However, rail transit construction is the more expensive part of bringing Los Angeles into the 21st century, and as such, bus and rail transit is the part which really needs people like Mayor Villaraigosa to cheerlead for it at the national level.

    Given the typical length of a Los Angeles commute, converting people from car to subway will be a lot easier than converting them from car to bike.

  • I think Damien showed a significant amount of excitement towards Fast Forward America. It’s worth noting that despite some good statements from the president that livability, and bike and ped issues aren’t on the radar for Mica/Boxer and their Committees. T 4 America has their work cut out for them between now and September.

  • The entire time I was there I was hoping for some mention of Complete Streets, Livable Communities, Smart Growth, etc… I agree that mass transit (specifically rail) needs to serve as a backbone for a sustainable transportation system. However, we need to ensure the “gaps” are filled in with robust bicycle and pedestrian infrastructure throughout the city. You can submit your written comments to Sen. Barbara Boxer in support of these ideas in the next two weeks. I encourage all those who care about Streetsblog’s mission take this to heart.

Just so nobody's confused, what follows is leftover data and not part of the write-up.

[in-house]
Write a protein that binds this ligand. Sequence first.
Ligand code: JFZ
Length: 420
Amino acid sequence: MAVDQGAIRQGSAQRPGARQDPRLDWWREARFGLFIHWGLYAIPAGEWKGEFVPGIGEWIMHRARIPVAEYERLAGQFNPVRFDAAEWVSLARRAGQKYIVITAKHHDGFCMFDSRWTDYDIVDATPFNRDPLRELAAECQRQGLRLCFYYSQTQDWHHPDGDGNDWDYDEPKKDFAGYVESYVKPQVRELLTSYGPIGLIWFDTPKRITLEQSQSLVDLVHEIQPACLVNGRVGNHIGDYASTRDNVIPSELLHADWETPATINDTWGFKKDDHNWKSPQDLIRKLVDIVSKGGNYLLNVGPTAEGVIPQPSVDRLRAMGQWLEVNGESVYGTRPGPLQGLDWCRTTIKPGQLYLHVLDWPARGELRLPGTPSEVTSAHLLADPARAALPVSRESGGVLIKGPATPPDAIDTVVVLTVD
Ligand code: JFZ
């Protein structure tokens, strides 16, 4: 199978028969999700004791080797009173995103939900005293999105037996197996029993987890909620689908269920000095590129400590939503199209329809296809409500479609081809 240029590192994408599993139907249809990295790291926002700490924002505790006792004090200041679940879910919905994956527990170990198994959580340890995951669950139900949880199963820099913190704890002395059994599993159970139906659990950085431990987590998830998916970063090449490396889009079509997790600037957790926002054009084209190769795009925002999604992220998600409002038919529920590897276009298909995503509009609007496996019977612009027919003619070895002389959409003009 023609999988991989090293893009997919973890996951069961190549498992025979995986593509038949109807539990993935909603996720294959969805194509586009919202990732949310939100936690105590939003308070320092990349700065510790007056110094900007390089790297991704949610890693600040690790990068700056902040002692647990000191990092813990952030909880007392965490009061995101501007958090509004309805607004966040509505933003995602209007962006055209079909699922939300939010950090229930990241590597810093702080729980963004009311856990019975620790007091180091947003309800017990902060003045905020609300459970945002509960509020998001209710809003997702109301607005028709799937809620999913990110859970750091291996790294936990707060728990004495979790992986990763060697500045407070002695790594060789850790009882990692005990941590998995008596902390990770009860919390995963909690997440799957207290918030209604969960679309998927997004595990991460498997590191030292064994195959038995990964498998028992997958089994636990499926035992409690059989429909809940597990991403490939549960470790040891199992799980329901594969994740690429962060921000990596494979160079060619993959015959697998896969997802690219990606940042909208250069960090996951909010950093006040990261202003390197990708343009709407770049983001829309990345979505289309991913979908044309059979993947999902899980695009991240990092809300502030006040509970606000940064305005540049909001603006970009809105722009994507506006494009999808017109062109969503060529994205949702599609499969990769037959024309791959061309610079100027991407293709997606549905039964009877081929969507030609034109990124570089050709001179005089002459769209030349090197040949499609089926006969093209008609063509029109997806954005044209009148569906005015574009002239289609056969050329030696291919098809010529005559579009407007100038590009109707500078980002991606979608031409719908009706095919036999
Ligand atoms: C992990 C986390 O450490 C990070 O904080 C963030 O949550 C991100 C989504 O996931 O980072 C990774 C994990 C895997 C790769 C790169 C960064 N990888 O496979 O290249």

Here’s the link: http://boxer.senate.gov/en/contact/policycomments.cfm

  • My feeling was that 100% of the hearing was spent figuring out how finance mega-transit projects. Which is fine for one hearing and makes sense somewhat given the stated transportation priorities of the mayor and Metro.

    Where it really hurts is knowing that there’s no Jim Oberstar in the back room this time around slipping in $50 million here and there for livability, bike and ped.

  • If you build the transit mega-projects, then that will add significantly to the livability of sustainable neighborhoods.